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Dr. B.
Dr. B., Veterinarian
Category: Dog Veterinary
Satisfied Customers: 21201
Experience:  Hello, I am a small animal veterinarian and am happy to discuss any concerns & questions you have on any species.
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My 12 year old male Tibetian Terrier was just diagnosed with

Customer Question

My 12 year old male Tibetian Terrier was just diagnosed with diabetes. His eyes are also starting to cloud a little indicating cataracts? He takes insulin shots twice a day with meals. What will his life be like? Is he in pain or uncomfortable. What can I expect? Yesterday he urinated in the house right in front of me. He has never peed in the house much less right in front of me. Can you give me some guidance on what to expect and what to do.
Submitted: 2 years ago via PetWave.
Category: Dog Veterinary
Expert:  Dr. B. replied 2 years ago.
Hello & welcome, I am Dr. B, a licensed veterinarian and I would like to help you with your wee one today.
Now I know this diagnosis will be a shock and you will feel that the situation is over your head. Please know that this will be daunting at first but diabetes is a very manageable and treatable disease for dogs. So, it will be a learning curve of course, but I assure you that this is something you can help Tobey with. And with proper management, Tobey can live a good quality life with you.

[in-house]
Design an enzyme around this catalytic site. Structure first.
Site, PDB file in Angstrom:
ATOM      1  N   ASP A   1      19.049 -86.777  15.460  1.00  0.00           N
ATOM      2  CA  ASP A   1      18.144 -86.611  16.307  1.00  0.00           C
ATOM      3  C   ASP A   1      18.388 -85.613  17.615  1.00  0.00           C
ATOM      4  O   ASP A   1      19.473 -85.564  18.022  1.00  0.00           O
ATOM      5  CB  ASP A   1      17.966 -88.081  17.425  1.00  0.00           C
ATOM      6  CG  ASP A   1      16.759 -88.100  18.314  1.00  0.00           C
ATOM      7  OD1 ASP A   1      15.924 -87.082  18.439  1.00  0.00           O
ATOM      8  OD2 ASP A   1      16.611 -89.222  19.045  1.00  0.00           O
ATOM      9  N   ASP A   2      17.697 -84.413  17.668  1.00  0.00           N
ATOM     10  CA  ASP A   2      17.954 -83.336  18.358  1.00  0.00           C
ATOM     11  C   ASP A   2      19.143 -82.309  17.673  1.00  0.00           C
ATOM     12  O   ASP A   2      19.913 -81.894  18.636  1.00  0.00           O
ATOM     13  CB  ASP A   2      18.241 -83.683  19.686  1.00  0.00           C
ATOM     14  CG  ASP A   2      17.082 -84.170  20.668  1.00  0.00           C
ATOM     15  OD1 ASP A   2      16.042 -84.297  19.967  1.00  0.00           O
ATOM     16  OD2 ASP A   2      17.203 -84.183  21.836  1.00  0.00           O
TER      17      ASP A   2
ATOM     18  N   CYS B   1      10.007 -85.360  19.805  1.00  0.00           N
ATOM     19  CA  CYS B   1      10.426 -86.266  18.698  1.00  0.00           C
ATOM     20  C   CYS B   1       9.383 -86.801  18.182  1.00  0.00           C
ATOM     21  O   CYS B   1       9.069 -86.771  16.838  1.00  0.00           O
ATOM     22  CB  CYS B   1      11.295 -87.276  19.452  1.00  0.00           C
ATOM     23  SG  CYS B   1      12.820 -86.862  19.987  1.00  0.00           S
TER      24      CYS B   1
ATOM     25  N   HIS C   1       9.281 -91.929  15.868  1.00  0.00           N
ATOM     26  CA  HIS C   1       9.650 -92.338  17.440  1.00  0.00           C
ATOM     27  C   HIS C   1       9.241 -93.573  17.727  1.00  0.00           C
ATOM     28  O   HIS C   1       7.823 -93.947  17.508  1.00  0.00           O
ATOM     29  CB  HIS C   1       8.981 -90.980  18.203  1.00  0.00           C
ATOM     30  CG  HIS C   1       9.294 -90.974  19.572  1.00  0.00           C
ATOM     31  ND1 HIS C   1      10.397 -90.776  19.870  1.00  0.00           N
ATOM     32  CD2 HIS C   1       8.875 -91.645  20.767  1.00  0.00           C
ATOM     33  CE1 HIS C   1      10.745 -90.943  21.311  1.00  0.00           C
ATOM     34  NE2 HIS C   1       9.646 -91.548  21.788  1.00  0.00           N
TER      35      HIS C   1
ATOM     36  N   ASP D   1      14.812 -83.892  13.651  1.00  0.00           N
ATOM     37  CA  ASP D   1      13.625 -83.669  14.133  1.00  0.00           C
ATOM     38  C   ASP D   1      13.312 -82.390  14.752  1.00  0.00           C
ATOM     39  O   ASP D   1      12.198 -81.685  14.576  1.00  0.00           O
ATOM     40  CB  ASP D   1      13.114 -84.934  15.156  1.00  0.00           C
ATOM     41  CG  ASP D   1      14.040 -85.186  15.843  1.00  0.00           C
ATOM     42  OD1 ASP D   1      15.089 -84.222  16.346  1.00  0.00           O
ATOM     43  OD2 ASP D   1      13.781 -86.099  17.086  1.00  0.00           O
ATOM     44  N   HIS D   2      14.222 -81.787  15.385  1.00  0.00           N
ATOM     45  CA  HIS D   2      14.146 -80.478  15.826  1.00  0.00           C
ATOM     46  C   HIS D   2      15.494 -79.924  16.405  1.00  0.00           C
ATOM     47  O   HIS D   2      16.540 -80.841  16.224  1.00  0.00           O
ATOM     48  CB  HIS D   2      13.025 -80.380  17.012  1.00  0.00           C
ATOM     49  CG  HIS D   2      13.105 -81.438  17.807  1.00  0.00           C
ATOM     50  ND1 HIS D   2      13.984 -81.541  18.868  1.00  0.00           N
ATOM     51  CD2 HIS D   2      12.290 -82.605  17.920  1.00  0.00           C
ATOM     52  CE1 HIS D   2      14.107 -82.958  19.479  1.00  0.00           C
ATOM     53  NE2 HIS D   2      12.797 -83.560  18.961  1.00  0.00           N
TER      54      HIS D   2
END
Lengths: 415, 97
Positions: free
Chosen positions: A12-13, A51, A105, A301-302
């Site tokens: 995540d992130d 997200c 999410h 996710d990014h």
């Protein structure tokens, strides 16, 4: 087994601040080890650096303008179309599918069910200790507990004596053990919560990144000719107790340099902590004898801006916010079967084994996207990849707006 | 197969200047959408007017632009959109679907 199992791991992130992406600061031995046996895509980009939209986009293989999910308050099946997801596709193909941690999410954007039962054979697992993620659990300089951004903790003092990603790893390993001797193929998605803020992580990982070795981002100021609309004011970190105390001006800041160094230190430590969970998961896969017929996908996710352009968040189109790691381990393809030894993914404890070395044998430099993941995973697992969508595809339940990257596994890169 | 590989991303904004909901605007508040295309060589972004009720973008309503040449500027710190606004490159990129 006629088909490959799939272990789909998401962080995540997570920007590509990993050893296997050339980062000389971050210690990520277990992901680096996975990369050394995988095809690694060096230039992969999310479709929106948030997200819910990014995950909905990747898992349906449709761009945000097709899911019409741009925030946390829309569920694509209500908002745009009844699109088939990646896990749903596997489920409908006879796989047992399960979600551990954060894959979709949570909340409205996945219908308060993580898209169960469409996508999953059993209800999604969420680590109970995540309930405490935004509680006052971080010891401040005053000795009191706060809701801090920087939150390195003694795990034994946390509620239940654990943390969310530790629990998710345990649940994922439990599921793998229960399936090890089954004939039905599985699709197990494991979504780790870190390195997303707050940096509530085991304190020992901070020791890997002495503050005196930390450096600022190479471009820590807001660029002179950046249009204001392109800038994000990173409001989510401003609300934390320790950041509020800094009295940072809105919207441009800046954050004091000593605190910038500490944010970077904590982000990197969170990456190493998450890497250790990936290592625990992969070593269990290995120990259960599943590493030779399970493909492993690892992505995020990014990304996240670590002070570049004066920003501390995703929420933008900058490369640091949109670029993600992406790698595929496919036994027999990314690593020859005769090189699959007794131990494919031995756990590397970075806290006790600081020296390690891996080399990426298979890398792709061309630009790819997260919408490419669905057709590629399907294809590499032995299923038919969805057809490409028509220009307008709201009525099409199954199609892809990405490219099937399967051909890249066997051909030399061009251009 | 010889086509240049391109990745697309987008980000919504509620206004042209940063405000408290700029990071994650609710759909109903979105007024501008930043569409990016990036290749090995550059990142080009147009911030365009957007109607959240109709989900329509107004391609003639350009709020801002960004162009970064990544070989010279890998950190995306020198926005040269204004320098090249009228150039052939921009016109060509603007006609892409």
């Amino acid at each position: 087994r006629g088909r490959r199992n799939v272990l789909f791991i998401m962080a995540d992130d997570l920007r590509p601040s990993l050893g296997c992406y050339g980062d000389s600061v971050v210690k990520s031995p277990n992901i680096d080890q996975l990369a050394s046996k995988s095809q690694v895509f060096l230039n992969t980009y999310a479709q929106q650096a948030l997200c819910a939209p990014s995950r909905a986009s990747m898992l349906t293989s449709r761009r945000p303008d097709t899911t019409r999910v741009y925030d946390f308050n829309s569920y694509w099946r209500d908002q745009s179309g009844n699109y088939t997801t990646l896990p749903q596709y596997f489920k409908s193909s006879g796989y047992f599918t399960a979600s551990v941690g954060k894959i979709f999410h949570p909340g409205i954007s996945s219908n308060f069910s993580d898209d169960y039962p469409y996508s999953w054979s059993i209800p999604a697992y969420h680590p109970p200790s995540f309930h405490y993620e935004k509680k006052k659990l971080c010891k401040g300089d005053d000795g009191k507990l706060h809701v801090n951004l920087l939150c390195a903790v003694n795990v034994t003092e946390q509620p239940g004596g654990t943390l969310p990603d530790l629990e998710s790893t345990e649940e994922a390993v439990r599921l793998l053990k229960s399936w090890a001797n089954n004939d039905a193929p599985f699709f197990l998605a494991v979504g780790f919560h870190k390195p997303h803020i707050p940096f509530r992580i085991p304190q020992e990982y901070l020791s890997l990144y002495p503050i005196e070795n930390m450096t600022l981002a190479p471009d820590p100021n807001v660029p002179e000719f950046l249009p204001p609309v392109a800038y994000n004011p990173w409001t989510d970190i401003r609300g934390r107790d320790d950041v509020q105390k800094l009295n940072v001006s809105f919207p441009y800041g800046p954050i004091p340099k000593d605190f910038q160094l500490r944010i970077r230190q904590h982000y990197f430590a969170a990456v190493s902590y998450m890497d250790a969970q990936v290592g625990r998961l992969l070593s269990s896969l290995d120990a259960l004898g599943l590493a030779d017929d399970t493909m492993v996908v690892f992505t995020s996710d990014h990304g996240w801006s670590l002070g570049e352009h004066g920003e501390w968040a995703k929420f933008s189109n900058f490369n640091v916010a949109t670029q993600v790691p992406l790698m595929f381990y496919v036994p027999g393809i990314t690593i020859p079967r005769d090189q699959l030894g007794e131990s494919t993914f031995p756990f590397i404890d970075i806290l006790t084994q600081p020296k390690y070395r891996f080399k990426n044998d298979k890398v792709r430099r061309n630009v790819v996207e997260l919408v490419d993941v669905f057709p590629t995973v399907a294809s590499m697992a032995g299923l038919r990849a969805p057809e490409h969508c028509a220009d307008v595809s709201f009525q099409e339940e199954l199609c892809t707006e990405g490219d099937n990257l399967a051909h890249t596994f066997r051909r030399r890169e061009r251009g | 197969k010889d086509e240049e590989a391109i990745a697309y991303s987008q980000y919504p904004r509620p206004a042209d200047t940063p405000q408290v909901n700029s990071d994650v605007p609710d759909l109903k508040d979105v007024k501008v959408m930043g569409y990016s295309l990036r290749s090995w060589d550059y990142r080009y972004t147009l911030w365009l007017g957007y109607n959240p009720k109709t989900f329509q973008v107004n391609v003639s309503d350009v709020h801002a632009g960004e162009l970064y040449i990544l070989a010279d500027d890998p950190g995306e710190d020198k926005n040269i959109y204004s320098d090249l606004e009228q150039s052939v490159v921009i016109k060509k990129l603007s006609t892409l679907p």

In regards ***** ***** specific questions, if the haze is deep in the eye (at the level of the lens), then cataracts are quite possible. Dogs can develop these quite easily if their diabetes is not well regulated. That said, dogs his age will also be ripe for developing natural old age changes to the lens (called nuclear sclerosis). So, if the clouding is like blue haze, then this is likely just an old age change. But if it looks like a frosted window, then cataracts are likely. That said, many dogs manage well despite these and there are surgical options if you wished, once he is stable.
Otherwise, diabetes is not a painful disease. This is something I have actually quizzed diabetic owners on, just so I can appreciate how my dog patients feel. People tell me that when they are not stable, they just feel constantly thirst and when they then drink it translates to needing to urinate more often (which means our dogs are more prone to accidents when uncontrolled). So, it is not a painful disease, but potentially a frustrating one for them when they are unstable.
Otherwise, treatment isn't overly painful either. Most animals don't even mind the tiny needle poke that delivers their insulin. And if they are well regulated, then these animals will feel just as they did before they were a diabetic (just now they are getting insulin via injection instead of from their pancreas).
Finally, just to make sure you have a thorough understanding of how to manage his diabetes, what to watch out for, how to monitor blood glucose at home (if you wish to), I would advise a visit to This is an excellent website written by and for owners of diabetic dog. There are some very good outlines and even videos for checking blood sugar. So, rather then try to answer every question you may have (though you are welcome to post any that spring to mind), I would advise a thorough read of this resource since it is a great guide for managing and troubleshooting diabetes in our dogs.
So, I would forgive him the accident he has had and take a deep breath. It will be a learning curve, but I assure you that you will find your feet in treating Tobey and once you have him stable, both of you will be able to live a fairly normal life together (with only a few medical adjustments of course).
I hope this information is helpful.
If you need any additional information, do not hesitate to ask!
All the best,
Dr. B.
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